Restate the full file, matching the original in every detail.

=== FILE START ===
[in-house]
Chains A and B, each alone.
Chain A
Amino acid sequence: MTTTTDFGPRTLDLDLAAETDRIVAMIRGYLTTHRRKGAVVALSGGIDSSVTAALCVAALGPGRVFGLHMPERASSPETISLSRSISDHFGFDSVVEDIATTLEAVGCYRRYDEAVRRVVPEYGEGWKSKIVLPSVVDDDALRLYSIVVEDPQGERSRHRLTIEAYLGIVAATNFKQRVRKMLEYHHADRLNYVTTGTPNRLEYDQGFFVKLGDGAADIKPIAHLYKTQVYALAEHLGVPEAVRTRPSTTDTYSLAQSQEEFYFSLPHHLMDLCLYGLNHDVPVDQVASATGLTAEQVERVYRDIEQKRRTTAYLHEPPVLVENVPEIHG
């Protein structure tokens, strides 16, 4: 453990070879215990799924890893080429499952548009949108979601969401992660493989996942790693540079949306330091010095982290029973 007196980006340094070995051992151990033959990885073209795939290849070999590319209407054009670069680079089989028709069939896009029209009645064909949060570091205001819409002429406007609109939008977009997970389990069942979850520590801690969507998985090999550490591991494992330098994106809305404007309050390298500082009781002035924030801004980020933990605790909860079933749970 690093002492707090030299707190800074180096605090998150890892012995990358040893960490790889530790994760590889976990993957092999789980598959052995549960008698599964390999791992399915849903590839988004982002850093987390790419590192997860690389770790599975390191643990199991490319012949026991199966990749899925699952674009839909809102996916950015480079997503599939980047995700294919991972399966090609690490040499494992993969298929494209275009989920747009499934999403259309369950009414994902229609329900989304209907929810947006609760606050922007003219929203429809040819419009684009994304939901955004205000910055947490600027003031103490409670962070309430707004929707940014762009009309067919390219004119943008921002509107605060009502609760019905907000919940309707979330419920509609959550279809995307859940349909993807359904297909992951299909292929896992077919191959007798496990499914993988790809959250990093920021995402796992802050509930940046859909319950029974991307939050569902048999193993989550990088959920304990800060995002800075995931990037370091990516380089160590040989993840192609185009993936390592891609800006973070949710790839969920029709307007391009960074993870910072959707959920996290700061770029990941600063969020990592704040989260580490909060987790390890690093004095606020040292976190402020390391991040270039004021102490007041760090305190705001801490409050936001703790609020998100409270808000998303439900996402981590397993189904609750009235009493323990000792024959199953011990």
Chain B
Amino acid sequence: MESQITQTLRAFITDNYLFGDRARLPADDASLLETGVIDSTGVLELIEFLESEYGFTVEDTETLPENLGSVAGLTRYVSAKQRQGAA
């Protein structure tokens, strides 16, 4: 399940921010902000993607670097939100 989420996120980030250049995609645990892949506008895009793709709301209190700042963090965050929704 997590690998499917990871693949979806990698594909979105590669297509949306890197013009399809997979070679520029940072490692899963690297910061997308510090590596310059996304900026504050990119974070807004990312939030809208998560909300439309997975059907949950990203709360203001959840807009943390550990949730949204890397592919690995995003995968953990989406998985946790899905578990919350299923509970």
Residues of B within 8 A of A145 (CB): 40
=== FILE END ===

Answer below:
[in-house]
Chains A and B, each alone.
Chain A
Amino acid sequence: MTTTTDFGPRTLDLDLAAETDRIVAMIRGYLTTHRRKGAVVALSGGIDSSVTAALCVAALGPGRVFGLHMPERASSPETISLSRSISDHFGFDSVVEDIATTLEAVGCYRRYDEAVRRVVPEYGEGWKSKIVLPSVVDDDALRLYSIVVEDPQGERSRHRLTIEAYLGIVAATNFKQRVRKMLEYHHADRLNYVTTGTPNRLEYDQGFFVKLGDGAADIKPIAHLYKTQVYALAEHLGVPEAVRTRPSTTDTYSLAQSQEEFYFSLPHHLMDLCLYGLNHDVPVDQVASATGLTAEQVERVYRDIEQKRRTTAYLHEPPVLVENVPEIHG
């Protein structure tokens, strides 16, 4: 453990070879215990799924890893080429499952548009949108979601969401992660493989996942790693540079949306330091010095982290029973 007196980006340094070995051992151990033959990885073209795939290849070999590319209407054009670069680079089989028709069939896009029209009645064909949060570091205001819409002429406007609109939008977009997970389990069942979850520590801690969507998985090999550490591991494992330098994106809305404007309050390298500082009781002035924030801004980020933990605790909860079933749970 690093002492707090030299707190800074180096605090998150890892012995990358040893960490790889530790994760590889976990993957092999789980598959052995549960008698599964390999791992399915849903590839988004982002850093987390790419590192997860690389770790599975390191643990199991490319012949026991199966990749899925699952674009839909809102996916950015480079997503599939980047995700294919991972399966090609690490040499494992993969298929494209275009989920747009499934999403259309369950009414994902229609329900989304209907929810947006609760606050922007003219929203429809040819419009684009994304939901955004205000910055947490600027003031103490409670962070309430707004929707940014762009009309067919390219004119943008921002509107605060009502609760019905907000919940309707979330419920509609959550279809995307859940349909993807359904297909992951299909292929896992077919191959007798496990499914993988790809959250990093920021995402796992802050509930940046859909319950029974991307939050569902048999193993989550990088959920304990800060995002800075995931990037370091990516380089160590040989993840192609185009993936390592891609800006973070949710790839969920029709307007391009960074993870910072959707959920996290700061770029990941600063969020990592704040989260580490909060987790390890690093004095606020040292976190402020390391991040270039004021102490007041760090305190705001801490409050936001703790609020998100409270808000998303439900996402981590397993189904609750009235009493323990000792024959199953011990």
Chain B
Amino acid sequence: MESQITQTLRAFITDNYLFGDRARLPADDASLLETGVIDSTGVLELIEFLESEYGFTVEDTETLPENLGSVAGLTRYVSAKQRQGAA
């Protein structure tokens, strides 16, 4: 399940921010902000993607670097939100 989420996120980030250049995609645990892949506008895009793709709301209190700042963090965050929704 997590690998499917990871693949979806990698594909979105590669297509949306890197013009399809997979070679520029940072490692899963690297910061997308510090590596310059996304900026504050990119974070807004990312939030809208998560909300439309997975059907949950990203709360203001959840807009943390550990949730949204890397592919690995995003995968953990989406998985946790899905578990919350299923509970």
Residues of B within 8 A of A145 (CB): 40